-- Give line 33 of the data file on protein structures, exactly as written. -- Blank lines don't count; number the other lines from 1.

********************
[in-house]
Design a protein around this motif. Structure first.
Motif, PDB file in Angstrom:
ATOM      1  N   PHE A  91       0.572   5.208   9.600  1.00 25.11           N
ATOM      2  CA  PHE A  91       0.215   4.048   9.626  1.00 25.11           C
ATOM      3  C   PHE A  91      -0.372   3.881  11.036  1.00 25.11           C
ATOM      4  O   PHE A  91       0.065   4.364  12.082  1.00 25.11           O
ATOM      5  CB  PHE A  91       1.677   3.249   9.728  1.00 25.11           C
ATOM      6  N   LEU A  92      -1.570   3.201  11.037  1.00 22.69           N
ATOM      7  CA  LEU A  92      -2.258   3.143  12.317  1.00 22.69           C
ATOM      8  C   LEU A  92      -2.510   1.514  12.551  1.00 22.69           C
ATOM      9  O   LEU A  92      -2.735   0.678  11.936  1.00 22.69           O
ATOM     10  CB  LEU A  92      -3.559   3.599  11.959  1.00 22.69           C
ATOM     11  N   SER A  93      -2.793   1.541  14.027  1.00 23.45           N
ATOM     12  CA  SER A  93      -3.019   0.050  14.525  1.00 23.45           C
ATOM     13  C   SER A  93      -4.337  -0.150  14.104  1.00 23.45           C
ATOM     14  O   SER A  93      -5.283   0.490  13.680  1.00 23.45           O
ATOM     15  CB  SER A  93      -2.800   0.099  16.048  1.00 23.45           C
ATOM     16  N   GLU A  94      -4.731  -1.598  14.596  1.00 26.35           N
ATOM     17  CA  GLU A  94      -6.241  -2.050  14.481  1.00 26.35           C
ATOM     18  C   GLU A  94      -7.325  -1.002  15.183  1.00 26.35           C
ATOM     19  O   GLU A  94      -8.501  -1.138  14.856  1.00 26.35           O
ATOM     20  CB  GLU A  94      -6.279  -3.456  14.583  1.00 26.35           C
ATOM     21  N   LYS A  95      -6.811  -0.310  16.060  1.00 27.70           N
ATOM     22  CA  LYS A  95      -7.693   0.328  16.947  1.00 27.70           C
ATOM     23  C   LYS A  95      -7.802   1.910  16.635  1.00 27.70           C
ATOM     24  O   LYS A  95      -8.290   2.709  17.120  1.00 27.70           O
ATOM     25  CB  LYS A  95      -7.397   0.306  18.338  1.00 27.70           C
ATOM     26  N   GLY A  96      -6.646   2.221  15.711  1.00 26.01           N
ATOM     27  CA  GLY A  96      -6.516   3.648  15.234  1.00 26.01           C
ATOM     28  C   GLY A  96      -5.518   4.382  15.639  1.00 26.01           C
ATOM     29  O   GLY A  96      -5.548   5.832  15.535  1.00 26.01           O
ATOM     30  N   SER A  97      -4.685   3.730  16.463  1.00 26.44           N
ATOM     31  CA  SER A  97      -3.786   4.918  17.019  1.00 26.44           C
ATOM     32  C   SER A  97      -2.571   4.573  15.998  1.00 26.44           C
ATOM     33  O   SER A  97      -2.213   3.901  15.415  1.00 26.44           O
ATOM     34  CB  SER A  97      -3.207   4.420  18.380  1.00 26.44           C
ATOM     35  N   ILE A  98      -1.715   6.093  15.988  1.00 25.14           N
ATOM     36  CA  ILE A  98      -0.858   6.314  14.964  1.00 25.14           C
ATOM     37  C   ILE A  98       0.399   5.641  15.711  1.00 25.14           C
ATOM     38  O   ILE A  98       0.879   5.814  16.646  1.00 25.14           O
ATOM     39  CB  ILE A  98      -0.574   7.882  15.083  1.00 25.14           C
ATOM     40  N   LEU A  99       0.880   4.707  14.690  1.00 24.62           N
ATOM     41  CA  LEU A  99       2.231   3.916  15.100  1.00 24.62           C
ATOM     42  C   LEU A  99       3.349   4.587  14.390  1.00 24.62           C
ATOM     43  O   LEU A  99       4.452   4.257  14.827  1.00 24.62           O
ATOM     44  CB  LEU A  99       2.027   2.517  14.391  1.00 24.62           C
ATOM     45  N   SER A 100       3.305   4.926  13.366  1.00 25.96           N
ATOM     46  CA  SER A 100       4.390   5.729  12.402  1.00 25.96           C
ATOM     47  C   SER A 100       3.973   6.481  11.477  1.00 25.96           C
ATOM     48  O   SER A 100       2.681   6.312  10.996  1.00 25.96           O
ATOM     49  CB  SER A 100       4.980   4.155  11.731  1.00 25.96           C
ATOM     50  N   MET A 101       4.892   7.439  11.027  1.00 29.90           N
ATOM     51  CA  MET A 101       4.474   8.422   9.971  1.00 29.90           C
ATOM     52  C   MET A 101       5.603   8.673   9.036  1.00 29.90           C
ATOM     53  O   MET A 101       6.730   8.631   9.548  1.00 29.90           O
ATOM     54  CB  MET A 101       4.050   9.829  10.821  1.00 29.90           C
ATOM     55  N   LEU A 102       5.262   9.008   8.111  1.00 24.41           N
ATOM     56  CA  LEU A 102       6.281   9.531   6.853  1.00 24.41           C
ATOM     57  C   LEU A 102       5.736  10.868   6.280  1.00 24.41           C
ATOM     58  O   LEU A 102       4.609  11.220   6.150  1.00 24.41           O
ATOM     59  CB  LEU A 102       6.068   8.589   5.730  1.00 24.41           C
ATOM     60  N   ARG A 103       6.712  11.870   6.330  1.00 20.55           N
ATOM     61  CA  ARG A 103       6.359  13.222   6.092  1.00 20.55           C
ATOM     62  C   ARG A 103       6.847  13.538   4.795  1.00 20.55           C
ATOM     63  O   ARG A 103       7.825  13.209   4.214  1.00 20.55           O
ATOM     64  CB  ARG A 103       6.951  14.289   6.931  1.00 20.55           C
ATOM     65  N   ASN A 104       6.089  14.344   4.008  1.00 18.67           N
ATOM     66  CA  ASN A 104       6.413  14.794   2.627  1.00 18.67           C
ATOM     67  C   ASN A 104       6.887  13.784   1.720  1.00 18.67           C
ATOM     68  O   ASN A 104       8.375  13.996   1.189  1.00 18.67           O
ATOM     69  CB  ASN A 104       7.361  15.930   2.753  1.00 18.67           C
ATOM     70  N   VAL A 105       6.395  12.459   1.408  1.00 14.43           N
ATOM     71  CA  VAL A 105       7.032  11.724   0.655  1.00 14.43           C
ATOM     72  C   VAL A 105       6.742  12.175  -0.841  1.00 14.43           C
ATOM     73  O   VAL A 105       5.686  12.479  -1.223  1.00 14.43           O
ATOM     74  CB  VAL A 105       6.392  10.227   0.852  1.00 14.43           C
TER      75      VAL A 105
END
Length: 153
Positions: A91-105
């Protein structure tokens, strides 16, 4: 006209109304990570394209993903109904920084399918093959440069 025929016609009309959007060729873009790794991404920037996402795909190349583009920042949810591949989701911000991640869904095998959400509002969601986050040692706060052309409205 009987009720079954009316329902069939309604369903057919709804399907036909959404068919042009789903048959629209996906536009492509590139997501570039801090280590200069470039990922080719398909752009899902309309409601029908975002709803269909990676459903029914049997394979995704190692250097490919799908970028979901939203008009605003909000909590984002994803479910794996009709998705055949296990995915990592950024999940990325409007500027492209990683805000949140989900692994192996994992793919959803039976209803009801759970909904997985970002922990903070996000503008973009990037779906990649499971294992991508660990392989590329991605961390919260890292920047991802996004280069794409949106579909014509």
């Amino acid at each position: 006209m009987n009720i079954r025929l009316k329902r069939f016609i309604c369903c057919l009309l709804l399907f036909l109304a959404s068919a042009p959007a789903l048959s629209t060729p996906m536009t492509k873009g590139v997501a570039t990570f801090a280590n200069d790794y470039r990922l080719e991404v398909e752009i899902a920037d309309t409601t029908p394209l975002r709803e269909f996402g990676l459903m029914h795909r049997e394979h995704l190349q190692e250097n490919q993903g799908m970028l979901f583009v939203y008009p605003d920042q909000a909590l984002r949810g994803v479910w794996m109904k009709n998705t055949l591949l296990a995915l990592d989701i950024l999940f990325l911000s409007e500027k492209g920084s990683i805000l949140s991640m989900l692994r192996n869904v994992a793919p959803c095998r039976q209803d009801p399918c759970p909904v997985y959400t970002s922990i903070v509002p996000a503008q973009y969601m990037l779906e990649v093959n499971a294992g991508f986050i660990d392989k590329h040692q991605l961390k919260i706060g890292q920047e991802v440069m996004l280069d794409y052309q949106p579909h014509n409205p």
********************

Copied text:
ATOM     30  N   SER A  97      -4.685   3.730  16.463  1.00 26.44           N